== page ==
#DailyBookQuote : 8th March 2013
– Jane Austin (16 December 1775 – 18 July 1817)
So begins Pride and Prejudice, Jane Austen‘s witty comedy of manners. One of the most popular novels of all time, that features splendidly civilized sparring between the proud Mr. Darcy and the prejudiced Elizabeth Bennet as they play out their spirited courtship in a series of eighteenth-century drawing-room intrigues. Renowned literary critic and historian George Saintsbury in 1894 declared it the “most perfect, the most characteristic, the most eminently quintessential of its author’s works,” and Eudora Welty in the twntieth century described it as “irresistible and as nearly flawless as any fiction could be.”
Austen’s works critique the novels of sensibility of the second half of the 18th century and are part of the transition to 19th-century realism. Her plots, though fundamentally comic, highlight the dependence of women on marriage to secure social standing and economic security. Her work brought her little personal fame and only a few positive reviews during her lifetime, but the publication in 1869 of her nephew’s A Memoir of Jane Austen introduced her to a wider public, and by the 1940s she had become widely accepted in academia as a great English writer. The second half of the 20th century saw a proliferation of Austen scholarship and the emergence of a Janeite fan culture.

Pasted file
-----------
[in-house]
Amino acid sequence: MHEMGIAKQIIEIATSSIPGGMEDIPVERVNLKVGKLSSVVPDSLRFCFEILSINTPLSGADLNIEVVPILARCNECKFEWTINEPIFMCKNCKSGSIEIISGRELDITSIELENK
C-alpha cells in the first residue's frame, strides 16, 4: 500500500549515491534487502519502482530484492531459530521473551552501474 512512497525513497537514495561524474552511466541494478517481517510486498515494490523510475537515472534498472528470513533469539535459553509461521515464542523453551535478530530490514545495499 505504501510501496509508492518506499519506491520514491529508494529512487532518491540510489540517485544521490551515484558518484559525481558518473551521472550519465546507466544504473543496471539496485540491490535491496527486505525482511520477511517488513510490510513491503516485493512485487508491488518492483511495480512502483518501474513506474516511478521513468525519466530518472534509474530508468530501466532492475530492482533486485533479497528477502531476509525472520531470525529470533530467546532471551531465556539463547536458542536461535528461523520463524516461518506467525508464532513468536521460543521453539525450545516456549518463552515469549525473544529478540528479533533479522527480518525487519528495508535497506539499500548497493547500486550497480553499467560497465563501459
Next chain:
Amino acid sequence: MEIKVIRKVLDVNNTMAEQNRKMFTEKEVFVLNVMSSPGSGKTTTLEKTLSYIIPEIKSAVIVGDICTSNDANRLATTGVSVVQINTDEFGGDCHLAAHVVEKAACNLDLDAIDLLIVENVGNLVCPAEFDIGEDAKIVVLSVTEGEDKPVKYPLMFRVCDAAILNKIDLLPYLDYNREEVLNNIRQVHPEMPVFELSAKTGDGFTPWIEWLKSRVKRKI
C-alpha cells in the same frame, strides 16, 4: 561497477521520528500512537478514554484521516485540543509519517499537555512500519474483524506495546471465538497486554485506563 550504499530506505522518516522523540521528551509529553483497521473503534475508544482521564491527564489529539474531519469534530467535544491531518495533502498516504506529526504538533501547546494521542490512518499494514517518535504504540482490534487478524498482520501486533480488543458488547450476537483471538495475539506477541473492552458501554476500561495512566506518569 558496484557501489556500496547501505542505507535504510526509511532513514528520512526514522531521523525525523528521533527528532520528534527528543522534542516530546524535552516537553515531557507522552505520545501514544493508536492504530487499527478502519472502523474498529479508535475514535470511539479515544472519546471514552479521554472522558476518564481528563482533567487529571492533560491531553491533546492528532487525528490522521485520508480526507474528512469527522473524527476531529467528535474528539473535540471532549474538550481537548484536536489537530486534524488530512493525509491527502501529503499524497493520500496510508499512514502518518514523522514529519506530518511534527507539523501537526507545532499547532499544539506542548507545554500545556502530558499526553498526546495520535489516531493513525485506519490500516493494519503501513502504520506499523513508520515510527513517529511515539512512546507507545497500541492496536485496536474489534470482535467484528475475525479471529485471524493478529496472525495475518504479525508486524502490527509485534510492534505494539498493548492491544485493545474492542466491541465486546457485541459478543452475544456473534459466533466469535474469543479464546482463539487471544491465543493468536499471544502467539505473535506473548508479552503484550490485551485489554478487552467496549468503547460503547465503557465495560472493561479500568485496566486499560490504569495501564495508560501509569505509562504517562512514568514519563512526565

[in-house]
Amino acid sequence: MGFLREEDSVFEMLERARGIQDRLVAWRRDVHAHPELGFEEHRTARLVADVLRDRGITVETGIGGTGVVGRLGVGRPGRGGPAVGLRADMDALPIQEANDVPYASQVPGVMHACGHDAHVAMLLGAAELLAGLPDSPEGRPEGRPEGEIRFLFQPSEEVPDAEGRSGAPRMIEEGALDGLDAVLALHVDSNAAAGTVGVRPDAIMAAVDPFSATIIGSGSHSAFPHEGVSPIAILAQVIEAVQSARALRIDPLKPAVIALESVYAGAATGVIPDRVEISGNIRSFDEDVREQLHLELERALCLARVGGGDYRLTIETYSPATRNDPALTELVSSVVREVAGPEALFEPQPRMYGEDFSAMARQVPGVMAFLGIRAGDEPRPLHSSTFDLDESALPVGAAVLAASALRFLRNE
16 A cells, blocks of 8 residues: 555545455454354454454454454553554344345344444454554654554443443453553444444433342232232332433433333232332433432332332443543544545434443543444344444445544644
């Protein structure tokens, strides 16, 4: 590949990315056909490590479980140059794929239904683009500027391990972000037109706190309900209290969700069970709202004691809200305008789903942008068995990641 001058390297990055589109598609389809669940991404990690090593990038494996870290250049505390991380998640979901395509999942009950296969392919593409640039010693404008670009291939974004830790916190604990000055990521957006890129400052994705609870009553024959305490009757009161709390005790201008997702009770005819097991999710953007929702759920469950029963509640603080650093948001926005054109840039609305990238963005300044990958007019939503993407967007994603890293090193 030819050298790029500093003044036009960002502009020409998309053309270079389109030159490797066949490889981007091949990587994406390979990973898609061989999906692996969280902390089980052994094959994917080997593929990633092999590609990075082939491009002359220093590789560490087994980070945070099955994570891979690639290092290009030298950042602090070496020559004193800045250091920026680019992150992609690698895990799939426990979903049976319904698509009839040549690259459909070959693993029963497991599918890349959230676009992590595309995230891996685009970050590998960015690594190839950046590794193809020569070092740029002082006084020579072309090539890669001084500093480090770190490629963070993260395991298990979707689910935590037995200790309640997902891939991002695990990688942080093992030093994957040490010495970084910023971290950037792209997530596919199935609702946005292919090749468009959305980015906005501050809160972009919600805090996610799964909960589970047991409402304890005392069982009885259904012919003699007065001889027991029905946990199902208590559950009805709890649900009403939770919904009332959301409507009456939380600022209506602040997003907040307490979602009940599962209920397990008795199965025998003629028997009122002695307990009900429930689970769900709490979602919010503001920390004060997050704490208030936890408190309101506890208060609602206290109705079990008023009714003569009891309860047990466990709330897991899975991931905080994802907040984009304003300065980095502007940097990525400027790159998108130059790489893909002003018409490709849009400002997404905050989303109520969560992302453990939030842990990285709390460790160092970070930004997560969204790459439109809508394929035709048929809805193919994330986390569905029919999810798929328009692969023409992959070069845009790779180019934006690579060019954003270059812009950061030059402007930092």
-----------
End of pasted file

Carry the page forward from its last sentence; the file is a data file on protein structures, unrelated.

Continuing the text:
- Fun with the Janeites (paulrwaibel.com)
- “Austenland” Review (cwatlanta.cbslocal.com)
- Kelly Clarkson Loses Bid To Keep Jane Austen Ring (contactmusic.com)